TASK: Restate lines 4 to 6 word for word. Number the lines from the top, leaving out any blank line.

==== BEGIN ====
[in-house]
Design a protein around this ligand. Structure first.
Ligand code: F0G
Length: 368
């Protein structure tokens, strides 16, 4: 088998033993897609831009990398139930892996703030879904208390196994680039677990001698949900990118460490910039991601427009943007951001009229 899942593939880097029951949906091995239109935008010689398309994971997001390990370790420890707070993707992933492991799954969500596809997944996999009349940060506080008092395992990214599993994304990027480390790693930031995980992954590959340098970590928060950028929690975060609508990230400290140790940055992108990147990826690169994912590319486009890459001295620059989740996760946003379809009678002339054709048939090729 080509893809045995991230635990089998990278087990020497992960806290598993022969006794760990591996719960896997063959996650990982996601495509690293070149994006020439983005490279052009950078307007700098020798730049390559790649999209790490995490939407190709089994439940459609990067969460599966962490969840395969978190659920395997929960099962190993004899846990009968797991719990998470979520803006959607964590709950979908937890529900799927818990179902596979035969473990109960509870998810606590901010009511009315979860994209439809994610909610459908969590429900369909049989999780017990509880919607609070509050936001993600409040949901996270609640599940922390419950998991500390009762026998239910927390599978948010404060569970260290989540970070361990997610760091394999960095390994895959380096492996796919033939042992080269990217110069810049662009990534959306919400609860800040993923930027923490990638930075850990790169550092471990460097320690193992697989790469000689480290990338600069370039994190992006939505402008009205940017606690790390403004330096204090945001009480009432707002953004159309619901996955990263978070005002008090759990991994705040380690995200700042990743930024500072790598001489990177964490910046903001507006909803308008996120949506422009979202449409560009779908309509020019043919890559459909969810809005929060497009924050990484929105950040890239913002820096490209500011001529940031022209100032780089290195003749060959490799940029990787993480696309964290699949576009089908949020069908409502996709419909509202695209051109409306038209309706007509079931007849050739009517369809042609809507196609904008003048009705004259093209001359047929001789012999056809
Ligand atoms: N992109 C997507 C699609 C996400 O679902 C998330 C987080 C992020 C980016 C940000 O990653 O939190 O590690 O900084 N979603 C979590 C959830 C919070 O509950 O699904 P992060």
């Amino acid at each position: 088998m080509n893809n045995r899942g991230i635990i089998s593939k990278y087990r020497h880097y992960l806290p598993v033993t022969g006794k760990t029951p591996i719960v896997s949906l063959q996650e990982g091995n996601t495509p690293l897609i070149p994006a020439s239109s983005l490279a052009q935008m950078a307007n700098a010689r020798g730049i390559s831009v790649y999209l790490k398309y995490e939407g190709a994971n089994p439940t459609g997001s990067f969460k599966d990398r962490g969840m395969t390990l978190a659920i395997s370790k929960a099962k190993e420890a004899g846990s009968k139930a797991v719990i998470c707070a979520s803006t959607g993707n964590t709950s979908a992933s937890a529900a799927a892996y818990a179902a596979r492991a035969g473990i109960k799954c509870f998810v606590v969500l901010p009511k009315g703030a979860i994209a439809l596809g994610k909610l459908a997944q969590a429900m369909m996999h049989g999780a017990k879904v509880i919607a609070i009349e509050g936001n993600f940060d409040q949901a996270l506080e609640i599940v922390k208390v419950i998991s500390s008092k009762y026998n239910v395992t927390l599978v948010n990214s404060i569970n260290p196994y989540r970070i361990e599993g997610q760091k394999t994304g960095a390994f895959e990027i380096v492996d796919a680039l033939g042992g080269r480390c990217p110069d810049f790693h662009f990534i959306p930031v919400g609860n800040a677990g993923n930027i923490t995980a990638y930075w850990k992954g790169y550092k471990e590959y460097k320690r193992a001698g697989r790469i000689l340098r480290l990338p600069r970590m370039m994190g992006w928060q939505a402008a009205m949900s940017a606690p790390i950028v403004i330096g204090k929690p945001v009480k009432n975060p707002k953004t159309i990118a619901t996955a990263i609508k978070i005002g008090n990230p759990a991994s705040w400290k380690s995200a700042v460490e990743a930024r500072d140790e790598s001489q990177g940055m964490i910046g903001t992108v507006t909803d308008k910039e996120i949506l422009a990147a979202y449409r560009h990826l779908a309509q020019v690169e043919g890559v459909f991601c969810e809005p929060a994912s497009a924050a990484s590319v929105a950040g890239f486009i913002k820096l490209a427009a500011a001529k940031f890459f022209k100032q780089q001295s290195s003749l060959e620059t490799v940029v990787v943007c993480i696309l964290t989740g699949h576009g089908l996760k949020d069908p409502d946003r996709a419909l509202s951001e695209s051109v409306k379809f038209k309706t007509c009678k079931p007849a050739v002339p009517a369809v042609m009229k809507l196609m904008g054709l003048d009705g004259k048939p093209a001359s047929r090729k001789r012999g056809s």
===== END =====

Length: 368
């Protein structure tokens, strides 16, 4: 088998033993897609831009990398139930892996703030879904208390196994680039677990001698949900990118460490910039991601427009943007951001009229 899942593939880097029951949906091995239109935008010689398309994971997001390990370790420890707070993707992933492991799954969500596809997944996999009349940060506080008092395992990214599993994304990027480390790693930031995980992954590959340098970590928060950028929690975060609508990230400290140790940055992108990147990826690169994912590319486009890459001295620059989740996760946003379809009678002339054709048939090729 080509893809045995991230635990089998990278087990020497992960806290598993022969006794760990591996719960896997063959996650990982996601495509690293070149994006020439983005490279052009950078307007700098020798730049390559790649999209790490995490939407190709089994439940459609990067969460599966962490969840395969978190659920395997929960099962190993004899846990009968797991719990998470979520803006959607964590709950979908937890529900799927818990179902596979035969473990109960509870998810606590901010009511009315979860994209439809994610909610459908969590429900369909049989999780017990509880919607609070509050936001993600409040949901996270609640599940922390419950998991500390009762026998239910927390599978948010404060569970260290989540970070361990997610760091394999960095390994895959380096492996796919033939042992080269990217110069810049662009990534959306919400609860800040993923930027923490990638930075850990790169550092471990460097320690193992697989790469000689480290990338600069370039994190992006939505402008009205940017606690790390403004330096204090945001009480009432707002953004159309619901996955990263978070005002008090759990991994705040380690995200700042990743930024500072790598001489990177964490910046903001507006909803308008996120949506422009979202449409560009779908309509020019043919890559459909969810809005929060497009924050990484929105950040890239913002820096490209500011001529940031022209100032780089290195003749060959490799940029990787993480696309964290699949576009089908949020069908409502996709419909509202695209051109409306038209309706007509079931007849050739009517369809042609809507196609904008003048009705004259093209001359047929001789012999056809
Ligand atoms: N992109 C997507 C699609 C996400 O679902 C998330 C987080 C992020 C980016 C940000 O990653 O939190 O590690 O900084 N979603 C979590 C959830 C919070 O509950 O699904 P992060």